I found my ways. I wrote a book. I started a blog. I started tweeting my highs and lows. I was writing and reading more than ever before. Morning shows were my new thing. I found coffees and cupcakes. I found graphic novel libraries. I found every little place that set me free.

When the husband asked me what I wanted for my recent birthday, I said, “I want a real holiday.” “Okay then, why don’t you firm up the dates and book us tickets?”

“You got it wrong. I said I wanted a holiday, not we.”

He looked a tad disappointed, but then, I reminded him that political correctness was never my suit. He smiled. I plotted.

Someday I may want to go back to school. Or just backpack for six months. I didn’t marry spontaneous, so I know it’s going to be tough. I’ll figure out how to make it happen. And if I want it real bad, I can.

A few weeks ago, I joined a street jazz class. I am now learning to pirouette and have just mastered the choreography of 4 minutes by Madonna and Justin Timberlake. Most of the class is half my age, or perhaps younger. Sometimes they call me aunty, sometimes ma’m, and sometimes, when I take Re along, they don’t even look at me. It’s only about him. They have lean, fit bodies, shapely legs and they move with style and attitude. I am having a tough time keeping pace with them, but feeling inadequate has never felt this good. It’s not about getting my body back or shedding that flab or getting into a bikini. It’s just about feeling free, feeling me. I practise hard, it takes me longer to learn the steps that the youngsters have such a natural flair for. But for the first time, I am not afraid to say “I don’t know.” Or “I didn’t get it.” Every Wednesday and Saturday, I put on my dancing shoes and I am out of the house, in a world all of my own for two hours. I am trying to find my inner Nemo, and I must say, I still love her.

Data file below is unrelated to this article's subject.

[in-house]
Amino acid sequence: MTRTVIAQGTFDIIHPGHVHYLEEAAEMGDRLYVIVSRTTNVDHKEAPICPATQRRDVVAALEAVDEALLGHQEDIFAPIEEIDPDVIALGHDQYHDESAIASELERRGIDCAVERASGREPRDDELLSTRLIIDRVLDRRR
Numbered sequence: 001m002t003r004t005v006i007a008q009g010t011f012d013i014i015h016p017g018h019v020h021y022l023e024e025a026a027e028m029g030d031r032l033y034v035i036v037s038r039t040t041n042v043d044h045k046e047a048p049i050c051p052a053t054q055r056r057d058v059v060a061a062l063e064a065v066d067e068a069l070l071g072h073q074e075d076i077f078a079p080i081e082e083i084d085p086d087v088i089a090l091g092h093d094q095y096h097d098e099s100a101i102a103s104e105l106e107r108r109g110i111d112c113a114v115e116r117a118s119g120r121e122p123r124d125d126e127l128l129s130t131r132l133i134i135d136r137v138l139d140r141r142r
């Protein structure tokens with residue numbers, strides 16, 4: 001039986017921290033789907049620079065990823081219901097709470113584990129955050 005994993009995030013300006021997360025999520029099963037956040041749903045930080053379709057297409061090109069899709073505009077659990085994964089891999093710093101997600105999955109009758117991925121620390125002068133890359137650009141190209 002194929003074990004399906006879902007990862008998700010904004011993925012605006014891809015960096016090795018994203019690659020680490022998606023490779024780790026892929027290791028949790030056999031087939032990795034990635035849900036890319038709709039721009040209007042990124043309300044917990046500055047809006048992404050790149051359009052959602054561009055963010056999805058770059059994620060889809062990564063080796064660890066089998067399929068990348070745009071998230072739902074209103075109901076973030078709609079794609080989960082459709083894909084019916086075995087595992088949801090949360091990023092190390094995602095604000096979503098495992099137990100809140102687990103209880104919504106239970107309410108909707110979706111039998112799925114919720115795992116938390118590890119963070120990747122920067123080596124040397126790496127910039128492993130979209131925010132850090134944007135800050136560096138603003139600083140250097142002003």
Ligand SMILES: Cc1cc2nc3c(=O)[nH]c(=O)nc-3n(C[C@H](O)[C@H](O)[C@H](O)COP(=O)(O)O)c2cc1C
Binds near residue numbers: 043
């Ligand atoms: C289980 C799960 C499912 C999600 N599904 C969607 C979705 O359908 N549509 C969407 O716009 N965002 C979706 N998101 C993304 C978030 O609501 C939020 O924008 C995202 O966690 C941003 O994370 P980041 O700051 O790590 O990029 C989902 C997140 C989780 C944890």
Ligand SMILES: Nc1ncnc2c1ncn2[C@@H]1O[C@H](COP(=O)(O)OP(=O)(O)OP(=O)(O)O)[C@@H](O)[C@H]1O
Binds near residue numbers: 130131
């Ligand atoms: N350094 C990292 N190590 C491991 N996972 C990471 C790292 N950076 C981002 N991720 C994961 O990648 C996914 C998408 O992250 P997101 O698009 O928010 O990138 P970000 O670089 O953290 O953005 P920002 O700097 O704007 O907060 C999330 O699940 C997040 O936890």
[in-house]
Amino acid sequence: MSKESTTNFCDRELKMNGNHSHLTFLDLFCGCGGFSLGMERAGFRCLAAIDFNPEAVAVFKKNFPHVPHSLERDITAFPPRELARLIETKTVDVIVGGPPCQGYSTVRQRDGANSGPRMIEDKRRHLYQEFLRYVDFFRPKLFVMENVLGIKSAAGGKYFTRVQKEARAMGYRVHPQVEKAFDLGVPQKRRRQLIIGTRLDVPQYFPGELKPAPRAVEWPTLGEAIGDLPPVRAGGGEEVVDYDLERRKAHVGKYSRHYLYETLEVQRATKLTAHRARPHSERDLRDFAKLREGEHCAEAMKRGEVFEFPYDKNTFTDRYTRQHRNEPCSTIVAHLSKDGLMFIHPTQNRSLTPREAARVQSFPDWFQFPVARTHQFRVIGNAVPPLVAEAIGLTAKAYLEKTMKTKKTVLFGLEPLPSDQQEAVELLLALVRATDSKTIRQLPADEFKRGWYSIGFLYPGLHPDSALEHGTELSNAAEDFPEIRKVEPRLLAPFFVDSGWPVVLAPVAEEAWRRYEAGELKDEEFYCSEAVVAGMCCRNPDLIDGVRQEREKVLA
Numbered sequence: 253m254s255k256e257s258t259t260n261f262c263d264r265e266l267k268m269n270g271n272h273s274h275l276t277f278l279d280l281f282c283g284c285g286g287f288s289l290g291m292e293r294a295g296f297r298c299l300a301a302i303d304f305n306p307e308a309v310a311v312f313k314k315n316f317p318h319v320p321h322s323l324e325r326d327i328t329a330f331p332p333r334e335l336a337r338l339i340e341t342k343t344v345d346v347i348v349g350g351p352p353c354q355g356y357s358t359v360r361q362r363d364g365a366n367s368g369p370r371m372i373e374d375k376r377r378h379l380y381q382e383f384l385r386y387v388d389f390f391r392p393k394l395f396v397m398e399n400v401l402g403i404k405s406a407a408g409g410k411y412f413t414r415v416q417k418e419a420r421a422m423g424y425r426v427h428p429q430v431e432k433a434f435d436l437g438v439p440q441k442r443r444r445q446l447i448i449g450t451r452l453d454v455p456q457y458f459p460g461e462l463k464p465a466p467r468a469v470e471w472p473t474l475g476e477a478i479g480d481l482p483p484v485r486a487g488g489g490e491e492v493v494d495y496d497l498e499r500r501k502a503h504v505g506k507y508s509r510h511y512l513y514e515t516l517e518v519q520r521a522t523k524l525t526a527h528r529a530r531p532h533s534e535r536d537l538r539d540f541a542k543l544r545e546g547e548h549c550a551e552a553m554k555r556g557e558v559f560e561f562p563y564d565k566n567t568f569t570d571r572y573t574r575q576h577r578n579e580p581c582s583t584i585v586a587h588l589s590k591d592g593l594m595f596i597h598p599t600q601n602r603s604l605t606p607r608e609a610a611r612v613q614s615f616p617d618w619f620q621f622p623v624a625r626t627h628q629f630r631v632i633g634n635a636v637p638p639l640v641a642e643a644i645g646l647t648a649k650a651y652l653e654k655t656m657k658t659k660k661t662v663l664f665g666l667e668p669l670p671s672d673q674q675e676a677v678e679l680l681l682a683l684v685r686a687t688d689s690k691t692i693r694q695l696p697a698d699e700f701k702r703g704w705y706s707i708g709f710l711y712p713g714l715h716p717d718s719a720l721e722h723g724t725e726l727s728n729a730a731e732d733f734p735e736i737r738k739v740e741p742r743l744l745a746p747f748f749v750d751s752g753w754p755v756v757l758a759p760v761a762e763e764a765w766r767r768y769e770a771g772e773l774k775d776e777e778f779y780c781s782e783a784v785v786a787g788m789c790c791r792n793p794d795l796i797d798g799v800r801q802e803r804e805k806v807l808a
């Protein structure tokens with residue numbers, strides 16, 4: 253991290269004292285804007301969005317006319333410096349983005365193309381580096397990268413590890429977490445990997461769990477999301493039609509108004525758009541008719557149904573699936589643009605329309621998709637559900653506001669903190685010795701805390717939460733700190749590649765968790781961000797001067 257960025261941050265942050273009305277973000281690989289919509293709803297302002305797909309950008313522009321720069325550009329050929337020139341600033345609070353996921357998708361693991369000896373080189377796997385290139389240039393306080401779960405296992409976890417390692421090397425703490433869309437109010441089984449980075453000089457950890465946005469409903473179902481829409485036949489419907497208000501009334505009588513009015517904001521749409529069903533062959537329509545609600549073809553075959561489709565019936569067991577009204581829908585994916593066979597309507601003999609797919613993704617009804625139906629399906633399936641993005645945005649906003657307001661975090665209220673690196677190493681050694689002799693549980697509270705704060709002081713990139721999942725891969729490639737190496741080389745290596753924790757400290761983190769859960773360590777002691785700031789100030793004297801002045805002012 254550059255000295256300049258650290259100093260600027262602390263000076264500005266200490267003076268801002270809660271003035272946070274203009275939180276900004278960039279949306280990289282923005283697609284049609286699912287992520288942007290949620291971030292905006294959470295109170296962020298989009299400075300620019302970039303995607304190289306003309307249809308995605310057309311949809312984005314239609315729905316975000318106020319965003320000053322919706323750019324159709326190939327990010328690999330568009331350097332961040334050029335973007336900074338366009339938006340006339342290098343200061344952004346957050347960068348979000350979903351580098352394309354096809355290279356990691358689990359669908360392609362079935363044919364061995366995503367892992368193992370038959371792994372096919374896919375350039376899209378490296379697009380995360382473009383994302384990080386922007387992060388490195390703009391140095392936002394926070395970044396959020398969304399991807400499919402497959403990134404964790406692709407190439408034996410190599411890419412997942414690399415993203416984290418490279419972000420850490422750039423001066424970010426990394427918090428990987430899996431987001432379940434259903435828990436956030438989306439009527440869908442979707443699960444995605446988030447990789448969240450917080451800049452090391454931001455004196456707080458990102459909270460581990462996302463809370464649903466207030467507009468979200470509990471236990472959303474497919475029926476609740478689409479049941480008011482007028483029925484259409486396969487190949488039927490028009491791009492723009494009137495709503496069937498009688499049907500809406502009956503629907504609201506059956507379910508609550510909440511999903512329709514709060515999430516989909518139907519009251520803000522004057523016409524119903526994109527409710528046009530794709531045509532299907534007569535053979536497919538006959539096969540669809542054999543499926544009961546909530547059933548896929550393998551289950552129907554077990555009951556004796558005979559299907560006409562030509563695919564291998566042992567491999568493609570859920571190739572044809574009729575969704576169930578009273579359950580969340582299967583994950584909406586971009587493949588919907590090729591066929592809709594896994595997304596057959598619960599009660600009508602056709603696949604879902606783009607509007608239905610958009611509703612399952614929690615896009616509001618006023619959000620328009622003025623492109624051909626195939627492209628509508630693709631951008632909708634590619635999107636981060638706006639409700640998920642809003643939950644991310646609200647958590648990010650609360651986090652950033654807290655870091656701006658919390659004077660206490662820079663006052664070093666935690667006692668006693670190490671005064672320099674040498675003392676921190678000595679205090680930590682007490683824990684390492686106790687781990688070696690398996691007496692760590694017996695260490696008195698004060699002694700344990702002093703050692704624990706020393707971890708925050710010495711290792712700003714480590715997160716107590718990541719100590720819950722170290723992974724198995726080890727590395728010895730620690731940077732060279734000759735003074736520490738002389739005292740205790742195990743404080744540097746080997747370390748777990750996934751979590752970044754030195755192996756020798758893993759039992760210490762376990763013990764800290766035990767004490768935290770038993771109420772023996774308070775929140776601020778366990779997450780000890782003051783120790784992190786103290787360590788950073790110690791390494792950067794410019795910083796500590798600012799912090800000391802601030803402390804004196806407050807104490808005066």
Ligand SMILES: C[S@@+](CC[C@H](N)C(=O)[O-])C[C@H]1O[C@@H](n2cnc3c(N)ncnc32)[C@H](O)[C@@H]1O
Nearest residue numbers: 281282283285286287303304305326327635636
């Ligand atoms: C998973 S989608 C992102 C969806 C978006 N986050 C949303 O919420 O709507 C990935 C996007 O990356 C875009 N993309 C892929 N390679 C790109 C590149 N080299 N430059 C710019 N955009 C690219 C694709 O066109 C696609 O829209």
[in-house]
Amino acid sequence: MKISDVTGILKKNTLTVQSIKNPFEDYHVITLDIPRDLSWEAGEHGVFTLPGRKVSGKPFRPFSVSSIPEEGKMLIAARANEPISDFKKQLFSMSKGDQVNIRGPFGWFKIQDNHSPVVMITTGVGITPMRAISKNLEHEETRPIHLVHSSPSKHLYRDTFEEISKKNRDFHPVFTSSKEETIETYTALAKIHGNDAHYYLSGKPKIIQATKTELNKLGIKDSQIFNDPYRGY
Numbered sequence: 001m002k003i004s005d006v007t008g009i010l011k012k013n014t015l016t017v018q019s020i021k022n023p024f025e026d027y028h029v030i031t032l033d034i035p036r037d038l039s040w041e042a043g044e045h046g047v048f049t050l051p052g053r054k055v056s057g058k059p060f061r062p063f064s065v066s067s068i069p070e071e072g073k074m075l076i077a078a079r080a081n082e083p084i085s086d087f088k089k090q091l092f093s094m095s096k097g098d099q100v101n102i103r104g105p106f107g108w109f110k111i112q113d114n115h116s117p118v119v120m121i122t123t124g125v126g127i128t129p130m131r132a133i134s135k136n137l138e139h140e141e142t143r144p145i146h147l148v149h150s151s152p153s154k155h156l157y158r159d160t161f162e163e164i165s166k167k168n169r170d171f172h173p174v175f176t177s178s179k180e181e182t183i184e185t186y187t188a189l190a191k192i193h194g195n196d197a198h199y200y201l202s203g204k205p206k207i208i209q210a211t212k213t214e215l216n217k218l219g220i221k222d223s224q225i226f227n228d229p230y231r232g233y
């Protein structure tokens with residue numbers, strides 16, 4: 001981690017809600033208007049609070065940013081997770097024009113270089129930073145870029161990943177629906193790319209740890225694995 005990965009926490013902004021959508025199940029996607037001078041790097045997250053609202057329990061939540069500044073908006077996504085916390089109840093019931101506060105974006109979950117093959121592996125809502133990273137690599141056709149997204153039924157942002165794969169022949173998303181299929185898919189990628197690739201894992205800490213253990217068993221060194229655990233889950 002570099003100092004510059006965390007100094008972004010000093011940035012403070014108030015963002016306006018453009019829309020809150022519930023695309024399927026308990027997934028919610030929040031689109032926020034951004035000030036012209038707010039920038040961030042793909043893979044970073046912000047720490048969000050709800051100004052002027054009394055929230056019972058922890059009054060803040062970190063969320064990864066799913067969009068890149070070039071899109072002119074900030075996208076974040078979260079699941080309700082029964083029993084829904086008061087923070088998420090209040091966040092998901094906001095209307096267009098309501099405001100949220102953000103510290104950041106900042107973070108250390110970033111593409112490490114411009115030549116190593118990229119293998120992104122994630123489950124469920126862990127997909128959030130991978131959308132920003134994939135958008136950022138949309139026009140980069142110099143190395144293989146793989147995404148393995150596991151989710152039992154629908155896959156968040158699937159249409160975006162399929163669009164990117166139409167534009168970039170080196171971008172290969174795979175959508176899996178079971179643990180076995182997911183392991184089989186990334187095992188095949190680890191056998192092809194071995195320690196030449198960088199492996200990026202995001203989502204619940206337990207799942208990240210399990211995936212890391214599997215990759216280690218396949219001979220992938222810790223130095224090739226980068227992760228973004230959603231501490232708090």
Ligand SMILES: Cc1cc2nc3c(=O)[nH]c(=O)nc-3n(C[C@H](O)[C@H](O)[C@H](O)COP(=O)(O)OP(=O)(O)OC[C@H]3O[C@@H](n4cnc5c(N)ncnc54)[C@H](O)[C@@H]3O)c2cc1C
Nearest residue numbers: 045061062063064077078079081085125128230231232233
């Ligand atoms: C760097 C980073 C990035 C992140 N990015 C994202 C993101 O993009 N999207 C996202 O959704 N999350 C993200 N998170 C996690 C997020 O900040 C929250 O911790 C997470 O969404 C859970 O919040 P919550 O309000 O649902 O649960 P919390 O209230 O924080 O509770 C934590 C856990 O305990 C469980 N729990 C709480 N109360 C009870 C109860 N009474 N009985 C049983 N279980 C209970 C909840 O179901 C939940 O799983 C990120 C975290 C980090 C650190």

This post was first featured as my column for the Freedom Special Issue in the Indian Express Sunday Eye on 12th Aug, 2012

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11 thoughts on “Finding me in mommee

  1. Hey Lalita..
    The freedom of choice post is nice…
    I follow your posts in Eye (weekend is the only time I get to glance thru newspaper as my 5 month old njoys with her papa) and can relate to it being a new-mom.
    Keep writing!

  2. Bang on Girl. Yup I know the feeling *hugs* sadly no one around seems to understand . No doubt my kids are the apple of my eye, yet I crave to have some”me” time where i am just “me” with my attitude, my wants,and my dreams. Wow, you have taken up dancing, luv your spirit. Enjoy the “me” time its so precious.